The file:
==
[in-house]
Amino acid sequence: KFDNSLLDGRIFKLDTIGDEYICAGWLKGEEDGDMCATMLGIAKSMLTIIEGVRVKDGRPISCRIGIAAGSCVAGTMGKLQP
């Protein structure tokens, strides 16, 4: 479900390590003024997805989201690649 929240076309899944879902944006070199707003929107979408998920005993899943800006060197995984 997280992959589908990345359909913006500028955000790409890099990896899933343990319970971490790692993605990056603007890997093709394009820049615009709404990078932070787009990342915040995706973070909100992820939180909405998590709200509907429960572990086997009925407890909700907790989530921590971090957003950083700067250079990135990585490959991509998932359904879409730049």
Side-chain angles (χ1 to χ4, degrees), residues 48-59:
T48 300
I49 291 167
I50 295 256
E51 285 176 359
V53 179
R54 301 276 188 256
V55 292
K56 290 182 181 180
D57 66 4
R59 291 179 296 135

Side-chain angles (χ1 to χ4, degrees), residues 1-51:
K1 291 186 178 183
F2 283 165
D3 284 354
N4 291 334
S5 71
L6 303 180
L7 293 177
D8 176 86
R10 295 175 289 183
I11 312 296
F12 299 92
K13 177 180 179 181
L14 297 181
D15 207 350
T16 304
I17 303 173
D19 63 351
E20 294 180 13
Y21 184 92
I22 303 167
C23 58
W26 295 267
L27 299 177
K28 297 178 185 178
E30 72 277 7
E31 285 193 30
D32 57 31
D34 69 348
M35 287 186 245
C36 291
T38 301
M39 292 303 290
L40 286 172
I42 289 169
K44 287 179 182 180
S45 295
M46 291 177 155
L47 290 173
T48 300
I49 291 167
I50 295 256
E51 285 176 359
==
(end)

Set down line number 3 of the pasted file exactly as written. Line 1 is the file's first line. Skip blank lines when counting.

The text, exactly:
């Protein structure tokens, strides 16, 4: 479900390590003024997805989201690649 929240076309899944879902944006070199707003929107979408998920005993899943800006060197995984 997280992959589908990345359909913006500028955000790409890099990896899933343990319970971490790692993605990056603007890997093709394009820049615009709404990078932070787009990342915040995706973070909100992820939180909405998590709200509907429960572990086997009925407890909700907790989530921590971090957003950083700067250079990135990585490959991509998932359904879409730049």